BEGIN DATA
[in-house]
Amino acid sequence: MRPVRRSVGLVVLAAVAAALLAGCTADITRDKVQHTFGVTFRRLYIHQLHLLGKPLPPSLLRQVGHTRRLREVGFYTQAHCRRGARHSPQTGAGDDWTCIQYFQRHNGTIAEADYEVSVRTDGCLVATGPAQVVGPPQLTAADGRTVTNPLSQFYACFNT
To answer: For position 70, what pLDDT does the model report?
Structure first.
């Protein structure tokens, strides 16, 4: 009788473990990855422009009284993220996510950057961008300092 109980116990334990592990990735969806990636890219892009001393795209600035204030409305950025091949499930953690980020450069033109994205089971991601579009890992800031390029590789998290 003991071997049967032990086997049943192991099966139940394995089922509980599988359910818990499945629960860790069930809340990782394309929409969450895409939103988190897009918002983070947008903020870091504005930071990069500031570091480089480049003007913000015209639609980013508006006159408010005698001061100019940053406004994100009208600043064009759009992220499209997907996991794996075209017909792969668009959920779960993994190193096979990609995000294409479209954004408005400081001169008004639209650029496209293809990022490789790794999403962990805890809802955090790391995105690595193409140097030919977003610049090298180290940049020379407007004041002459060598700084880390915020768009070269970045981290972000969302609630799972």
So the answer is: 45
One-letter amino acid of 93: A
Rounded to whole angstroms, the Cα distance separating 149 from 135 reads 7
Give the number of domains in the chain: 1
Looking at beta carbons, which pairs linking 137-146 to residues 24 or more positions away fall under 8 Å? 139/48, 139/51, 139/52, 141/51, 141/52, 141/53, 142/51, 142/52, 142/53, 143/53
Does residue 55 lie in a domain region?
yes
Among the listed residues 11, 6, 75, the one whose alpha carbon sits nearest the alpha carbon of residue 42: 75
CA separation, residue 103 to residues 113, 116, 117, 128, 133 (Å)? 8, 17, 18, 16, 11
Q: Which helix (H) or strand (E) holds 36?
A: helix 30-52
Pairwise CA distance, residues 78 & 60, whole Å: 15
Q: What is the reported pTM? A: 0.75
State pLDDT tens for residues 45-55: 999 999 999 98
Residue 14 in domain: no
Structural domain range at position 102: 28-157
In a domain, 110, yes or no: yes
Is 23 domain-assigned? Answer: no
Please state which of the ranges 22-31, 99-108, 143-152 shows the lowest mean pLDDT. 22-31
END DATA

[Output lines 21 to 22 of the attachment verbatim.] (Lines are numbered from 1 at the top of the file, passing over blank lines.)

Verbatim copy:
Structural domain range at position 102: 28-157
In a domain, 110, yes or no: yes